The shy animals appear gentle but can attack at any time
Europe's largest mammal, the bison, is slowly returning from the brink of extinction after a series of successful breeding programmes as Rob Cameron in the Czech Republic found out.
I do not think the man from the ministry liked journalists very much.
Certainly he seemed less than impressed with us as we clambered from the sweaty confines of our car.
I suddenly felt ridiculous in my shorts and sandals, appropriate for a blistering afternoon in Prague but hardly suitable for a bison hunt.
My colleague meanwhile, a friend from French radio, was wearing his favourite flat cap - at least it was not a beret, I suppose - and had a cigarette dangling from his mouth.
Jiri Janota, the head of the military forests and farmland department of the Czech defence ministry, took one look at us and checked his watch.
"All right then," he said. "I guess you'd better follow me." And with that, he jumped back into his 4x4 and sped off.
We struggled to keep his jeep in sight as he barrelled down a metalled road into a wilderness of thick forest, which gradually gave way to sun-drenched, grassy plains.
This was the Ralsko nature reserve, formerly the Ralsko military training ground, and for decades it was off-limits to mere mortals like us.
After 15 minutes or so, Jiri's vehicle lurched off to the right and skidded down a gravel track, which ended abruptly in front of a large wooden gate.
At this point he decided my humble Skoda Fabia could go no further - I had already heard several ominous clunks and was not about to argue - so we climbed into his car.
The 4x4 crept into the sloping meadow, rolling silently through the grass.
You might think a 2m high creature that can weigh almost a tonne would be hard to miss, but we drove round and round that field, the car dipping into little hollows and cresting gentle peaks, before Jiri decided the bison were hiding in the forest.
And indeed, there they were - their brown, shaggy coats almost indistinguishable from the trees around them.
Jiri managed to coax them out into the open, and they stood, staring dumbly at us.
The herd will soon be able to roam freely through the reserve
The previous day I had one of those pointless telephone conversations which radio journalists often have to make before embarking on a story.
I had called Jiri to ask him if his bison made any noises I might be able to record for use in my report.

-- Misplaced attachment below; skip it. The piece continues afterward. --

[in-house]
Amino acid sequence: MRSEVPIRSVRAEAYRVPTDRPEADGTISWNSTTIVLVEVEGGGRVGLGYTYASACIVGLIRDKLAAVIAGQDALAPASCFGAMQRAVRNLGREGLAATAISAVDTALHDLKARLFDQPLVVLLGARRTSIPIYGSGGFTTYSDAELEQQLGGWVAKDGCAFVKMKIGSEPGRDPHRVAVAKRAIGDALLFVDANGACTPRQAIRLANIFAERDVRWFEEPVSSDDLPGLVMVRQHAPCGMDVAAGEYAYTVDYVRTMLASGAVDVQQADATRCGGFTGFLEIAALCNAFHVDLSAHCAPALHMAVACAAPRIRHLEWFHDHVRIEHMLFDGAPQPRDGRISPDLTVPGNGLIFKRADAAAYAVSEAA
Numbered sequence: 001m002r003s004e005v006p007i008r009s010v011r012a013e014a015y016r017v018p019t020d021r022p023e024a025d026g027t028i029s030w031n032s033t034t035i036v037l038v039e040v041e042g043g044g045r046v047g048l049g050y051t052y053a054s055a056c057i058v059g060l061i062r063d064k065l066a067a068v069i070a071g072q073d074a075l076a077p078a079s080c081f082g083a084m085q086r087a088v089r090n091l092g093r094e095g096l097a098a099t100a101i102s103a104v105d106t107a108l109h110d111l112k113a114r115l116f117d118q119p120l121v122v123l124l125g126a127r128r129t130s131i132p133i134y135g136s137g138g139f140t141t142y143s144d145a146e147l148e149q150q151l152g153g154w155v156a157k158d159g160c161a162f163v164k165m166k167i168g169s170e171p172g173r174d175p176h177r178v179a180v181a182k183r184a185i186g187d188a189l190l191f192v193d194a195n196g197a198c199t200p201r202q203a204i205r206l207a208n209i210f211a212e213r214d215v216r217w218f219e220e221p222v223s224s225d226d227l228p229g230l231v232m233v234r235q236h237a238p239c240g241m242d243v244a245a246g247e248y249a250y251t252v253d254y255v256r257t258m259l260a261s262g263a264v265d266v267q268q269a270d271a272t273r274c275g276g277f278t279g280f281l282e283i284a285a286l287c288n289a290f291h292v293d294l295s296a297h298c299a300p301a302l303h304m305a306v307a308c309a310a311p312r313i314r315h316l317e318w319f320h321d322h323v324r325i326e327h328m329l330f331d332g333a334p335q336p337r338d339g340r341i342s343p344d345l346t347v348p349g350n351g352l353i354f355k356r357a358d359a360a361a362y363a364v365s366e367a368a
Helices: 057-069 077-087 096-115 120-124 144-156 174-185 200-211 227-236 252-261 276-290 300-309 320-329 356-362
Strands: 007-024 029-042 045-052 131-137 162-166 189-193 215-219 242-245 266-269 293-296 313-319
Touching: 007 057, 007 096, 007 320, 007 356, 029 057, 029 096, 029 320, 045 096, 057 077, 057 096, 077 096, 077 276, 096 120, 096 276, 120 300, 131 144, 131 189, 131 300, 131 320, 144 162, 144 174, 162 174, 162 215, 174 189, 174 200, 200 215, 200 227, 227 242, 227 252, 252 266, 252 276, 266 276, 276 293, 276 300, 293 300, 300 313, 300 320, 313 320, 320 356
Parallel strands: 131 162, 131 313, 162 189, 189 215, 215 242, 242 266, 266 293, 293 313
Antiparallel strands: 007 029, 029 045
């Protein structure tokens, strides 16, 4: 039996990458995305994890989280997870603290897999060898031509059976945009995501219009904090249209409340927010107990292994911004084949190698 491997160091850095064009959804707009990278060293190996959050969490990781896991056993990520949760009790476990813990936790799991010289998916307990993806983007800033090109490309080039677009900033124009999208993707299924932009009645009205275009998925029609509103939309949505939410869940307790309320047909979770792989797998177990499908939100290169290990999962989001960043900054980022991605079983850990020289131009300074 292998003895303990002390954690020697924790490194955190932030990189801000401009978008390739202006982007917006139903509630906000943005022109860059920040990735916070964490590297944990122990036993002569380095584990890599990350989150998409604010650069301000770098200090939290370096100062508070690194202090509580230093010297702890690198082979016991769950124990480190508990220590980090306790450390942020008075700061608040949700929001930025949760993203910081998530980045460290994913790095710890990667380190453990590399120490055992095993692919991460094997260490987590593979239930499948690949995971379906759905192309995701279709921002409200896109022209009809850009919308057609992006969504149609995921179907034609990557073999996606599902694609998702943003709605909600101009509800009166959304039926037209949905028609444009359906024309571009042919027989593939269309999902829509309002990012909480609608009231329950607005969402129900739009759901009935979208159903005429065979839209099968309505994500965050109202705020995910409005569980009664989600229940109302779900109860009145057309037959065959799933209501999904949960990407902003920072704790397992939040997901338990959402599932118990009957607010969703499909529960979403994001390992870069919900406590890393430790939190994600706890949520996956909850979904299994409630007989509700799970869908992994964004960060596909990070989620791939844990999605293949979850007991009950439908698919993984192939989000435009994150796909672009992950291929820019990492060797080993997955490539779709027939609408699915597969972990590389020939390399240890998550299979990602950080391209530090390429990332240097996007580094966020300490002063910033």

For a minute he was silent. "They graze," he answered.
In the event, even the sound of bison munching grass would prove impossible to capture, as in addition to being very big animals, they are also rather shy and tend to run away when they see humans.
This is perhaps understandable, as we spent several millennia running after them with spears.
The spears were replaced by arrows, and finally by guns.
Americans get a lot of stick for slaughtering large numbers of bison but we Europeans were not much better
In 1919, a Polish poacher shot Europe's last wild bison. And that should have been the end of that.
It was not, thankfully. Ten years later, a bison restitution centre opened in Poland, using some of the few dozen animals still surviving in zoos.
A breeding programme followed, protected by everyone from the Nazis to the Soviets; poaching the animals was at one time punishable by death.
In 1951, the first bison were reintroduced to the wild, at the Bialowieza Forest, which straddles Poland and Belarus.
Today, that population has grown to 800.
The animals have been reintroduced all over central Europe, and bison bonasus has been taken off the endangered species list.
But back to our bison, who were themselves brought here from Poland, distant descendants of the original breeding pair.
Twist of fate
At present, under Jiri's watchful eye, they are getting used to the taste of Czech grass, 200 years after they were hunted to extinction in this land.
Their new home has been cleared of mines and unexploded ordnance
They seem to like it - the bull and five cows have since produced two young.
And soon, perhaps next year, the herd will be freed from the confines of two meadows and a patch of forest and allowed to roam freely throughout the Ralsko reserve - all 100 square miles (250 sq km) of it.
It is certainly an odd twist of fate, both for an animal that virtually died out thanks to man's rapacious greed, and for an area of land that for several centuries has been pummelled by artillery shells and torn up by tank tracks.
Now, 20 years since the last Red Army troops loaded their tanks onto trains for the long ride back to Russia, this wild, undulating land, cleared of mines and unexploded ordnance, will once again become home to Europe's largest native mammal.
Americans get a lot of stick for slaughtering impossibly large numbers of bison in their drive to conquer the West.
But we Europeans were not much better, cutting down these massive, gentle beasts for their hides and meat, and turning their horns into novelty drinking vessels.
They will never again roam Czech forests in the same huge numbers.
But eight of them returned to the wild is, I suppose, a start.
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